First renin inhibitor, aliskiren, for the treatment of hypertension
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Aim of the review To systematically analyze the efficacy and safety of aliskiren for the treatment of hypertension in comparison to placebo, other monotherapy, and various combination therapies. Method A PubMed database (1966-June 2008) search was conducted with aliskiren as a search term with limits of humans, written in English, and in title only. Phase III pivotal clinical studies retrieved by PubMed database and resources such as printed labeling, approval letter, pharmacology reviews, and medical reviews posted in Drug@FDA website were evaluated with regard to study design and outcomes of efficacy and safety. Results Six Phase III pivotal clinical studies compared various doses of aliskiren to placebo and some studies compared aliskiren to treatment with other monotherapies or combinations. Aliskiren in doses of 300 mg showed a statistically significant reduction in both systolic and diastolic blood pressure versus placebo. Comparison to other antihypertensive treatments suggest that aliskiren doses of 150 and 300 mg may induce blood pressure changes similar to those seen with moderate doses of hydrochlorothiazide or angiotensin receptor blockers. Aliskiren in combination with angiotensin receptor blockers or hydrochlorothiazide showed additional blood pressure reduction only when higher doses of aliskiren were used. Aliskiren appears to be well tolerated, with diarrhea being the only statistically significant adverse event. Conclusion Aliskiren is a novel antihypertensive that exerts its effects through the direct inhibition of renin. Although the drug is well tolerated, its modest effects on blood pressure and the present lack of evidence of impact on objective cardiovascular outcomes appear to limit its utility in the general treatment of hypertension at this time.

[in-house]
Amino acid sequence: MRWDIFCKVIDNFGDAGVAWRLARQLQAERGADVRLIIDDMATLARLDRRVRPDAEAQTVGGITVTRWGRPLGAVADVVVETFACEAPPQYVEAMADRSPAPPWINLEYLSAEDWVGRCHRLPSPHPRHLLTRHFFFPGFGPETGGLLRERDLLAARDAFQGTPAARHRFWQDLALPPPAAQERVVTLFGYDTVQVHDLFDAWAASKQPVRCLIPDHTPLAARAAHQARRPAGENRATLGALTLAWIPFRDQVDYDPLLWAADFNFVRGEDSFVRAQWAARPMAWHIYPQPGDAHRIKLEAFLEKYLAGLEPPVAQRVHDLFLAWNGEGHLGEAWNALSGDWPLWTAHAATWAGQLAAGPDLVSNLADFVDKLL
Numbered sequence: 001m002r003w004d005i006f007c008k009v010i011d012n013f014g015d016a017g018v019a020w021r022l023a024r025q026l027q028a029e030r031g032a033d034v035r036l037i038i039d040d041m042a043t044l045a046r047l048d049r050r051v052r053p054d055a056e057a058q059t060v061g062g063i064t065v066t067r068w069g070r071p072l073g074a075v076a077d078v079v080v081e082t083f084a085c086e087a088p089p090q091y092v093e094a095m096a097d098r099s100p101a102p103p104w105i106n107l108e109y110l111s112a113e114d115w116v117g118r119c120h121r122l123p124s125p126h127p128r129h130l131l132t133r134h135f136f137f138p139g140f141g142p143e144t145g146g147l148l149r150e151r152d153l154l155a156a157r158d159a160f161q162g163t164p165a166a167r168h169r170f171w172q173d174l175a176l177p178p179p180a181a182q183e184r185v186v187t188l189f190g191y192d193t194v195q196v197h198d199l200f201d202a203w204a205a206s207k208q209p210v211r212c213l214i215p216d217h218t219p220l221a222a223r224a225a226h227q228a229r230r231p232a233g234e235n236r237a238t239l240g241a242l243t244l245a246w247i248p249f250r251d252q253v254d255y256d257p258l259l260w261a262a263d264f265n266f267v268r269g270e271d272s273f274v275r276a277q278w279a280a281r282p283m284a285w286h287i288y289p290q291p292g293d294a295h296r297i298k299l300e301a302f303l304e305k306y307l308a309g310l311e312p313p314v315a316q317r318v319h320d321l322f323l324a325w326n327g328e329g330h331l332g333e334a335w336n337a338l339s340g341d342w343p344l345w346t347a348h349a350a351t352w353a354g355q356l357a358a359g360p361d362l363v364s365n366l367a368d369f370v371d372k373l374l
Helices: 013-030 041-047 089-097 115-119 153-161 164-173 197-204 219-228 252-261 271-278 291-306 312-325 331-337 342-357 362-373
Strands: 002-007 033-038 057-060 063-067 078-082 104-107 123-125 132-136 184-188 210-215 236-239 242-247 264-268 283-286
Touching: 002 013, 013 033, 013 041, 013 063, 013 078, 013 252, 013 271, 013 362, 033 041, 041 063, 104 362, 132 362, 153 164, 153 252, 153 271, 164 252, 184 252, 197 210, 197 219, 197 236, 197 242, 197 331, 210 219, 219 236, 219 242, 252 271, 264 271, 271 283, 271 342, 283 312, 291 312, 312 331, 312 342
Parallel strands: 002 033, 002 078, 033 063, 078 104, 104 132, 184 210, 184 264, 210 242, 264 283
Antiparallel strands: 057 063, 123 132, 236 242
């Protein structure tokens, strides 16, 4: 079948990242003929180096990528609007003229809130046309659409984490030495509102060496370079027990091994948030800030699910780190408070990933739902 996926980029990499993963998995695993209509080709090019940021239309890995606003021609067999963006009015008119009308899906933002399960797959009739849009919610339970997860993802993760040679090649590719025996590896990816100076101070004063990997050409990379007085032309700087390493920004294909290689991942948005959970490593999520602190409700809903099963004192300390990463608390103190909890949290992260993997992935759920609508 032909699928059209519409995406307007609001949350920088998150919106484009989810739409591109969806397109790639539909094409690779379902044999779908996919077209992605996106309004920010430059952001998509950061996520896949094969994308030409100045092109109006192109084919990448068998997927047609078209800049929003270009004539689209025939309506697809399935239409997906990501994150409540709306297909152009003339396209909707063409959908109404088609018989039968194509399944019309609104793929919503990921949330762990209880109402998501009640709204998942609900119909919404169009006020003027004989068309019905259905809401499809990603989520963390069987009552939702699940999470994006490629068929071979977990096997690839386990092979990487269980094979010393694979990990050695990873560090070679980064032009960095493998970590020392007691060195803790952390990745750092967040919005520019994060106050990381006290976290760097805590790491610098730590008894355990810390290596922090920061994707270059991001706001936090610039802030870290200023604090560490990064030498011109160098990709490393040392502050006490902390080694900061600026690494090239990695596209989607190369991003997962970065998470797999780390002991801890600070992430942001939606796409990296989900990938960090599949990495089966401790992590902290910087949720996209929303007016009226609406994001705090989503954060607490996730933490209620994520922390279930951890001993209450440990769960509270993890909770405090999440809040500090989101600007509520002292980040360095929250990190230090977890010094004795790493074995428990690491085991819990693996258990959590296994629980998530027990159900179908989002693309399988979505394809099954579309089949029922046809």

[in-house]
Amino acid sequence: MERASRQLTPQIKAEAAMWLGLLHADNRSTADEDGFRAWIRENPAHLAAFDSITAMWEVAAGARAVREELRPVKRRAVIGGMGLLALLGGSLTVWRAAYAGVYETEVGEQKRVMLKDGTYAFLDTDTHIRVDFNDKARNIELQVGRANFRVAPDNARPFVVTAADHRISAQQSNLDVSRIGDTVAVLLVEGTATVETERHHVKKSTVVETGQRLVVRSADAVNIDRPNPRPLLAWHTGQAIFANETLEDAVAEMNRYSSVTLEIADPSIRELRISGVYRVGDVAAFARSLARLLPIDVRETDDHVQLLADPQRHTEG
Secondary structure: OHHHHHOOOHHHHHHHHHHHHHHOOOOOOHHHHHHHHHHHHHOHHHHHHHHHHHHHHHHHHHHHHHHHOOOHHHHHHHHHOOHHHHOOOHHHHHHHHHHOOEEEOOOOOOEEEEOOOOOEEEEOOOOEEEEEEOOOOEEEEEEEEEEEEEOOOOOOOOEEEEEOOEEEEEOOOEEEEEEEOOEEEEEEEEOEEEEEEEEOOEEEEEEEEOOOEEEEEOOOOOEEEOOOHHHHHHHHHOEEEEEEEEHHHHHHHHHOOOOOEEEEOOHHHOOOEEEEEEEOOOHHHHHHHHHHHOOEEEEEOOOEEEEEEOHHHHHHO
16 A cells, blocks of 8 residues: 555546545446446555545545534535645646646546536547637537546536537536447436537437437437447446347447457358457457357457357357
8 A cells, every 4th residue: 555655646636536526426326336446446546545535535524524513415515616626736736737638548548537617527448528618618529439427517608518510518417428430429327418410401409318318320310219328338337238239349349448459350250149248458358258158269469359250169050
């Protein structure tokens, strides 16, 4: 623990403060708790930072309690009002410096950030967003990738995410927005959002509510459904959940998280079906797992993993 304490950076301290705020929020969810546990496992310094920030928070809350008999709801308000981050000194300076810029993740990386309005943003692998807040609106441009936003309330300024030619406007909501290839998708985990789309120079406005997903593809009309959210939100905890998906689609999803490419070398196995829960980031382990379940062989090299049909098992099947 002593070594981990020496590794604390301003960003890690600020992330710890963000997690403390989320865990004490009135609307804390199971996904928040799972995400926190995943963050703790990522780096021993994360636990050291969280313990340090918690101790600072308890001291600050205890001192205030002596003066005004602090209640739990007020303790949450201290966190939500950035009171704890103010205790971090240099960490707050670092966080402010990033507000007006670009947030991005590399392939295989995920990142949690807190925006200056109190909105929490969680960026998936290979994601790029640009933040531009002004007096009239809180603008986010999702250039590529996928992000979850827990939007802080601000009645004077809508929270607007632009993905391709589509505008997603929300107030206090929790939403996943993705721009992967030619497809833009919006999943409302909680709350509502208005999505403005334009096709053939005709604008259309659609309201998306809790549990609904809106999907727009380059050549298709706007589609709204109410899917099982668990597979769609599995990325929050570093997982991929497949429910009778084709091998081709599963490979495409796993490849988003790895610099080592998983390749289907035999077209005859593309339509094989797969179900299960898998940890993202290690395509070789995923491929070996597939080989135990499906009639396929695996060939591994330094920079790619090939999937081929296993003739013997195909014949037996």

Key wordsAdverse events Aliskiren Blood pressure Efficacy Hypertension Renin inhibitor
The authors wish to acknowledge the support of the Yeungnam University, South Korea.
This research was supported by the Yeungnam University research grant in 2007.
Conflicts of Interest
The authors have no conflicts of interest to declare.
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